Getting tissues to stay in a stretched position can often require some patience. We have to remember that muscles are composed of Fascia ( a type of connective tissue) and also that the muscle have a component of the nervous system attached to it. In a course that I took, the general philosophy was to hold the tissue in a sub maximal intensity for a longer period of time, often 2 or 3 times as long as you think you would need to.
The general nature of the connective tissue that binds muscles together (and holds them together) are that they are made up of something called the Ground Substance. The great thing about this Ground Substance is that if it is held in a gentle stretched position for a long period of time, and given the chance, it will rearrange itself so that when the tension is released, it will better stay there. I like to use the analogy of stretching leather. If you are stretching leather really hard for a short time, it will probably creep back to where it was originally. If you hold the stretched leather for longer, then it will stay there. It’s the same thing with muscles.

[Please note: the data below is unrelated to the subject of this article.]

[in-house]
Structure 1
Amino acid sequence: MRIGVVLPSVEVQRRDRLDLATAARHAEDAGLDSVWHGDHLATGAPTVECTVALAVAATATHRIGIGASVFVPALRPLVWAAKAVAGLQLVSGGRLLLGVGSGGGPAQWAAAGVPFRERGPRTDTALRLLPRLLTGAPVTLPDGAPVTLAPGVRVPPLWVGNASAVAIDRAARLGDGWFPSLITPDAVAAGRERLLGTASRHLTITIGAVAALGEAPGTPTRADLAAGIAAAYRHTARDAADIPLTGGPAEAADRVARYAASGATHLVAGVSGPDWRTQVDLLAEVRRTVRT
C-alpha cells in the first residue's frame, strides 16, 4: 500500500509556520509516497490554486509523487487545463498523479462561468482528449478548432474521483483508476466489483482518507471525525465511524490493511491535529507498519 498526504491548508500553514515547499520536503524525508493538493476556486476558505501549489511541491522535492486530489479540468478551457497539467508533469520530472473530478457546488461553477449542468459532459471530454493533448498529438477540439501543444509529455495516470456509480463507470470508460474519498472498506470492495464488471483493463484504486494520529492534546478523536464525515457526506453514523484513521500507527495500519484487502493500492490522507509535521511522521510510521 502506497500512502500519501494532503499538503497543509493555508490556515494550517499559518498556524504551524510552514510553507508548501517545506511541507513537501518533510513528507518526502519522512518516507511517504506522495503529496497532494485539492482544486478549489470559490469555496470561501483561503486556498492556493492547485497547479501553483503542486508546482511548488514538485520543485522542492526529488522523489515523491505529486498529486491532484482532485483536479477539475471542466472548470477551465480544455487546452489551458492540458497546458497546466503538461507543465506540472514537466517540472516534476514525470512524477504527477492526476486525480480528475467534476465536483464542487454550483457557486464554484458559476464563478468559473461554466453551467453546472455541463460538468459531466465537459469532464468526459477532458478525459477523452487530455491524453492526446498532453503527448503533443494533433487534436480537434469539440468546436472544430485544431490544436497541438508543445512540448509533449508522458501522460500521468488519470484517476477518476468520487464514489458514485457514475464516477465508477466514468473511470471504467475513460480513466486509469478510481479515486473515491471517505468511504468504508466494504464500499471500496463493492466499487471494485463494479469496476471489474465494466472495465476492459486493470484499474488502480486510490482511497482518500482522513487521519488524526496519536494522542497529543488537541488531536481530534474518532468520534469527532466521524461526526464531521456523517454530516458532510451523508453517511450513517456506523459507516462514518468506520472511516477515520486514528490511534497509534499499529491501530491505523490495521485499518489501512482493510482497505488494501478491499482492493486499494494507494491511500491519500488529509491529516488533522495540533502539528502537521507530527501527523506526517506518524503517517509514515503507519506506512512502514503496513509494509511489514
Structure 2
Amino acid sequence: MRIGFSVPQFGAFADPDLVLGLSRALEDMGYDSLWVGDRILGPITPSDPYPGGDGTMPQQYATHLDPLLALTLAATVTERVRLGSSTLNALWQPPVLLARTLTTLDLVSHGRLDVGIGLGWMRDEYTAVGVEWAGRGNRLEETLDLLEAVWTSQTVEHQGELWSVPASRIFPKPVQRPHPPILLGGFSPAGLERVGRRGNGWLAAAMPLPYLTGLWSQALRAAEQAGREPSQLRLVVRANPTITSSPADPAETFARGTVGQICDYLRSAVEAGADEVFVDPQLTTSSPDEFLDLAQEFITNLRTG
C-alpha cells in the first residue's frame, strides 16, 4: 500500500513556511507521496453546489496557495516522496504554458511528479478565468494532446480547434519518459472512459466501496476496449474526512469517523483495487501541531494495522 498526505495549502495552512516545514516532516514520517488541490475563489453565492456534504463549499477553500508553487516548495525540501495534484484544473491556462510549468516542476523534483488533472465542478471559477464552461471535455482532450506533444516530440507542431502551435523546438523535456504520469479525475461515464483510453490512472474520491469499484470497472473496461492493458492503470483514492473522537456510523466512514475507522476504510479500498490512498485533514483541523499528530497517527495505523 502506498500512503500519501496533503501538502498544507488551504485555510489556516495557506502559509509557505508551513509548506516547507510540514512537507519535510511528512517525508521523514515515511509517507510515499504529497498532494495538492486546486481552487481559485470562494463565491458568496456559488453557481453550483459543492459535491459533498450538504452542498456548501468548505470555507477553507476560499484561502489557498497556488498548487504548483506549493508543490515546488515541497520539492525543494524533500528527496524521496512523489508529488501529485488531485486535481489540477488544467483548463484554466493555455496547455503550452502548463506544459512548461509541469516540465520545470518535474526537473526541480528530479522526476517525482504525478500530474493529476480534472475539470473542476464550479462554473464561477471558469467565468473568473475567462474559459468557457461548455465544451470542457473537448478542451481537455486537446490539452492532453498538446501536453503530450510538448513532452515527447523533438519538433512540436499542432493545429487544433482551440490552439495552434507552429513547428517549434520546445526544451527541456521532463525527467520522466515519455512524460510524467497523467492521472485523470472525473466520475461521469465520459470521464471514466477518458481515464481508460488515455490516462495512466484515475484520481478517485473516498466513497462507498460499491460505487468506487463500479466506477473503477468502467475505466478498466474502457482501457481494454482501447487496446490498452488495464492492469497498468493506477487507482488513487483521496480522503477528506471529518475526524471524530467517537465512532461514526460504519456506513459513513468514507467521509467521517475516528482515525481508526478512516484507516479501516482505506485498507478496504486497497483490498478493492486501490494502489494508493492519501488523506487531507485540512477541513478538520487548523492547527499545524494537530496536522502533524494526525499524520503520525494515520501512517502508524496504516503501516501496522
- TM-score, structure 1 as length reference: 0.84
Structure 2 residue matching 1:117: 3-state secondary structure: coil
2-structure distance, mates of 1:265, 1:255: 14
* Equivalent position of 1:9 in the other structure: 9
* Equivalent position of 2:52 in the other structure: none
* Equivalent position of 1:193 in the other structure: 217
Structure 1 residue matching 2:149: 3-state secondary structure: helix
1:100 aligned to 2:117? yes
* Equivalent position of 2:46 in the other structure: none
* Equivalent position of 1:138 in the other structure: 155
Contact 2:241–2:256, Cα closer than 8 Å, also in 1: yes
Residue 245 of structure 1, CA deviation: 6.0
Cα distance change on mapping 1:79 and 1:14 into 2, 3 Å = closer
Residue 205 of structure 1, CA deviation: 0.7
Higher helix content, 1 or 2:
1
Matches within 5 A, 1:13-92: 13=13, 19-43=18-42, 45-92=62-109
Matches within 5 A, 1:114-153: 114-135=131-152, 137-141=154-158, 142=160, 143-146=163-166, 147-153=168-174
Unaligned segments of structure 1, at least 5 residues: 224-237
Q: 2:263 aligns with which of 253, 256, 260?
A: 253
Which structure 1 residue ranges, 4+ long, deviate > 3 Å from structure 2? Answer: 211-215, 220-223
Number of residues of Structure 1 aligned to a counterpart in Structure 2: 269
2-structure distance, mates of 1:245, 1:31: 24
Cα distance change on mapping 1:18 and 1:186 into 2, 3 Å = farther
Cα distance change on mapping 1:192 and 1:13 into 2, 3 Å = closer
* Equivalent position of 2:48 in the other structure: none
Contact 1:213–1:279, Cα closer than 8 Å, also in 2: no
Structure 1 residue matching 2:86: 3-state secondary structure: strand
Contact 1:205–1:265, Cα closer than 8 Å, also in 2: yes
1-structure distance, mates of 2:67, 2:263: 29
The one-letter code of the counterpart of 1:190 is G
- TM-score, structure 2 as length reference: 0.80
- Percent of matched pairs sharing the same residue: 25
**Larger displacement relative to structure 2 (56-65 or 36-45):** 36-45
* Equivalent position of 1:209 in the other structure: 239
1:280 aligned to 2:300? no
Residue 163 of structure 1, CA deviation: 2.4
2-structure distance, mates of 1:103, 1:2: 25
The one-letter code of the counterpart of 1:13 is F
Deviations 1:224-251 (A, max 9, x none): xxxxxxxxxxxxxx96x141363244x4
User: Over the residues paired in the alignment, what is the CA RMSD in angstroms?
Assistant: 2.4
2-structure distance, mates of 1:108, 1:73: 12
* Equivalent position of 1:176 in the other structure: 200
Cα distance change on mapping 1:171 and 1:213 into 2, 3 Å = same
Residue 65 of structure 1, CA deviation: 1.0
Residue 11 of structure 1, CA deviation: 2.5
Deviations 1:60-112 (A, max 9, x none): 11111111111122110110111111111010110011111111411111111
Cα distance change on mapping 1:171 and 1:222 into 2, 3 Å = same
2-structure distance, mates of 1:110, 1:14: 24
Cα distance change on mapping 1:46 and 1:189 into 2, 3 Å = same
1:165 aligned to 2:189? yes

In addition to those properties, there are stretch receptors that monitor the amount of stretch being applied to the muscle tissue. If the muscle has been shortened for a long period of time, then the Central Nervous System assumes that is the normal position and will want to keep it there, especially if you are trying to stretch it. So, the deal is you want to try to stretch the muscle without making it fire too much (which will, if effect counteract what you are trying to do. This is where the sub maximal pressure comes into play. If you hold a stretch at 50 – 60% of what you think, for twice as long, I think you will get to where you need to be, you won’t cause the stretch receptors in the muscles to start firing the muscle that you are stretching and it will much more likely stay in that stretched position giving you much better flexibility.
Be gentle and hold for longer. It’s better.
Look at this good video